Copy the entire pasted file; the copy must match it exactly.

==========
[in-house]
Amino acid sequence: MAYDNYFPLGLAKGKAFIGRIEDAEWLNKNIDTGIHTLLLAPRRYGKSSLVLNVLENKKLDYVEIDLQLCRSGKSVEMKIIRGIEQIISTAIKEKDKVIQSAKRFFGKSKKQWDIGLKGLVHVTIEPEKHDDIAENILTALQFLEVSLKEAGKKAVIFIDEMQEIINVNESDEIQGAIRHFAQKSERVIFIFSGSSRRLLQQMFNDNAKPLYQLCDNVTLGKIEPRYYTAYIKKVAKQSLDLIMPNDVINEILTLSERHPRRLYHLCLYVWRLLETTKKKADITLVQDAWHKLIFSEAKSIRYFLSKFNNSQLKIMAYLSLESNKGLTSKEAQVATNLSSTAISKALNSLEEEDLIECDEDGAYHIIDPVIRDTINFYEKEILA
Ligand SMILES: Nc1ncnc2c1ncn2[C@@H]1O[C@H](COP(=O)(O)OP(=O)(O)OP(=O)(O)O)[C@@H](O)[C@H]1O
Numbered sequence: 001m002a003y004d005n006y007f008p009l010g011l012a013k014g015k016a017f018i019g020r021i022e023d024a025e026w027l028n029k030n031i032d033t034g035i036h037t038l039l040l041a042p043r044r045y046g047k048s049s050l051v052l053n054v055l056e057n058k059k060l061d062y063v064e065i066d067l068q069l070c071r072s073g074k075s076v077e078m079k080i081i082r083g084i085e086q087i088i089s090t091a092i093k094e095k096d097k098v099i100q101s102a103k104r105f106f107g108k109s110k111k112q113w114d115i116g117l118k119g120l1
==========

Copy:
[in-house]
Amino acid sequence: MAYDNYFPLGLAKGKAFIGRIEDAEWLNKNIDTGIHTLLLAPRRYGKSSLVLNVLENKKLDYVEIDLQLCRSGKSVEMKIIRGIEQIISTAIKEKDKVIQSAKRFFGKSKKQWDIGLKGLVHVTIEPEKHDDIAENILTALQFLEVSLKEAGKKAVIFIDEMQEIINVNESDEIQGAIRHFAQKSERVIFIFSGSSRRLLQQMFNDNAKPLYQLCDNVTLGKIEPRYYTAYIKKVAKQSLDLIMPNDVINEILTLSERHPRRLYHLCLYVWRLLETTKKKADITLVQDAWHKLIFSEAKSIRYFLSKFNNSQLKIMAYLSLESNKGLTSKEAQVATNLSSTAISKALNSLEEEDLIECDEDGAYHIIDPVIRDTINFYEKEILA
Ligand SMILES: Nc1ncnc2c1ncn2[C@@H]1O[C@H](COP(=O)(O)OP(=O)(O)OP(=O)(O)O)[C@@H](O)[C@H]1O
Numbered sequence: 001m002a003y004d005n006y007f008p009l010g011l012a013k014g015k016a017f018i019g020r021i022e023d024a025e026w027l028n029k030n031i032d033t034g035i036h037t038l039l040l041a042p043r044r045y046g047k048s049s050l051v052l053n054v055l056e057n058k059k060l061d062y063v064e065i066d067l068q069l070c071r072s073g074k075s076v077e078m079k080i081i082r083g084i085e086q087i088i089s090t091a092i093k094e095k096d097k098v099i100q101s102a103k104r105f106f107g108k109s110k111k112q113w114d115i116g117l118k119g120l1